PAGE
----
Earls of Breadalbane and Holland (1681, continued)

 

6th Earl of Breadalbane and Holland, John Alexander Gavin Campbell, b.1824, a.1862, d.1871

 

A direct descendant six generations down, of William Campbell of Glenfalloch (b.c.1621, d.1648), another son of the 3rd Baronet Campbell of Glenorchy mentioned above. He married Jean Campbell, daughter of Colin Campbell of Ardkinglas. Their son Robert Campbell (b.1647, d.?) married Susanne Menzies. Their son Colin Campbell (b.c.1680, d.1737) married Agnes Campbell, daughter of Robert Campbell of Auchlyne. Their son William Campbell (b.1715, d.1791) married secondly Susanna Campbell (b.?, d.c.1793). Their son James Campbell (b.1754, d.1806) married Elizabeth Maria Blanchard (b.?, d.1828). Their son Lieutenant-Colonel William John Lamb Campbell (b.1788, d.1850) married Rosanna Doughty, and their son succeeded as heir-male, decided in his favour by the House of Lords in 1872 after his claim had been disputed by various other candidates.

 

7th Earl of Breadalbane and Holland, Gavin Campbell, b.1851, a.1871, d.1922

 

Son of the 6th Earl and Mary Theresa Edwards (b.?, d.1870). Born in Ireland and educated in St Andrews, he served as a Lieutenant in the 4th Battalion, Argyll & Sutherland Highlanders. After his fatherís death he was created 1st Baron Breadalbane, of Kenmure, in the county of Perth, in the Peerage of the united Kingdom. He was a Lord-in-Waiting to Queen Victoria from 1873 under William Gladstoneís administration until the Liberalís were voted out the following year. With their return to power in 1880, he was made a Privy Counsellor and held the post of Treasurer of the Queenís Household until 1885.. In 1885, he was created 1st Marquess of Breadalbane and 1st Earl of Ormelie in the Peerage of the United Kingdom. He was Lord Steward of the Household from 1892 to 1895 and Lord High Commissioner to the General Assembly of the Church of Scotland from 1893 and 1895. He was invested as a Knight of the Garter in 1894 and was Lord-Lieutenant of Argyllshire from 1914 to 1922. He was also the last Keeper of the Privy Seal of Scotland, a post he held from 1907 to 1922. He never married and his UK title became extinct at his death.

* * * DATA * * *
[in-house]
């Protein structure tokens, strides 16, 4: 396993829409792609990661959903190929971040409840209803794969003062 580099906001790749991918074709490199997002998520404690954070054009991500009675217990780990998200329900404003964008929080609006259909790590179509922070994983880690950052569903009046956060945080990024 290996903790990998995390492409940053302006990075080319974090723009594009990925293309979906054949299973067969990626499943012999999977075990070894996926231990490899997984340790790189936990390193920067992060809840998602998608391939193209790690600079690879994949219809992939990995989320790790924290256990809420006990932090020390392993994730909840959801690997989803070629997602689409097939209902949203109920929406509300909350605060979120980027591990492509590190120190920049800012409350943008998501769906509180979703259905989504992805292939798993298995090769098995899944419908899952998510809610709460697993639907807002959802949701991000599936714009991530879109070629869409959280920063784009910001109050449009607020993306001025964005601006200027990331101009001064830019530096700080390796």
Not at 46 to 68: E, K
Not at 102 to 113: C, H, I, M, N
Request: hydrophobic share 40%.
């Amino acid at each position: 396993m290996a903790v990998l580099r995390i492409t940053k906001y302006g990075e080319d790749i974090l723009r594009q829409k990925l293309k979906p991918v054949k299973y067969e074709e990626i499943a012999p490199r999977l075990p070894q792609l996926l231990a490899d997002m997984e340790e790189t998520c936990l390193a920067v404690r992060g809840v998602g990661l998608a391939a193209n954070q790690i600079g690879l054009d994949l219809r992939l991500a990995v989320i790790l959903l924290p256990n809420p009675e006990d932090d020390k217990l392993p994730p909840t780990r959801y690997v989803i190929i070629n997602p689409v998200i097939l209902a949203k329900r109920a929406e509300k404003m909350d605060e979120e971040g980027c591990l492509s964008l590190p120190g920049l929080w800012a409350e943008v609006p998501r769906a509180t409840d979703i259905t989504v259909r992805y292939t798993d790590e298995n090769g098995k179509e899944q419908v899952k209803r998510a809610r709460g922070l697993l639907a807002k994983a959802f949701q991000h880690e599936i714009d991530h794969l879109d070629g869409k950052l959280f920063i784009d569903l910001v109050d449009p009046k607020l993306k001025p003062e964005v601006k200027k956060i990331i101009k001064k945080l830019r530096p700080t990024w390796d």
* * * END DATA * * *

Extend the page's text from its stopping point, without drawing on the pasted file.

8th Earl of Breadalbane and Holland, Iain Edward Herbert Campbell, b.1885, a.1922, d.1923

 

Nephew of the 7th Earl, being the son of Ivan Campbell (b.1859, d.1917) and Lady Margaret Elizabeth Diana Agar (b.1863, d.1941), daughter of James Charles Herbert Walpole Ellis Agar, 3rd Earl of Normanton. Unfortunately he died young and unmarried.

 

9th Earl of Breadalbane and Holland, Charles William Campbell, b.1889, a.1923, d.1959

 

We have already come across James Campbell (b.1754, d.1806), grandfather of the 7th Earl. His younger brother John Campbell of Borland (b.1763, d.1823) married Janet Butter and had two sons, the elder of whom, Charles William Campbell (b.1789, d.1861) married Charlotte Olympia Cockburn Campbell (b.?, d.1880), daughter of John Campbell of Kinloch, and had three sons. The second of these, Major-General Charles William Campbell (b.1836, d.1894) married Gwynedd Brinckman (b.?, d.1948), a grand-daughter of Sir Theodore Henry Lavington Brinckman, 1st Baronet Broadhead of St Leonards, Windsor, and their son succeeded as heir-male. He was a soldier, gaining the rank of Lieutenant-Colonel in the 8th Battalion, Argyll & Sutherland Highlanders, and was decorated with the Military Cross. He was a Representative Peer from 1924 to 1959 and was admitted to the Corps of Gentlemen-at-Arms in 1935 and the Royal Company of Archers in 1937.

 

10th Earl of Breadalbane and Holland, John Romer Boreland Campbell, b.1919, a.1959, d.1995

 

Son of the 9th Earl and Armorer Romer Williams (b.?, d.1987). Educated at Eton and RMC Sandhurst, he reached the rank of Lieutenant in the Black Watch, fought in the Second World War and was invalided. He divorced his wife and did not have any children. With his death, all of his titles became dormant. A number of very distantly related individuals are in the course of petitioning to inherit, though the heir-male appears to be one Huba Campbell (b.1945), another descendant of John Campbell mentioned above, who is Hungarian by birth.

 

 

The courtesy title for the heir is Lord Glenorchy.

 

(last updated: 01/03/2012)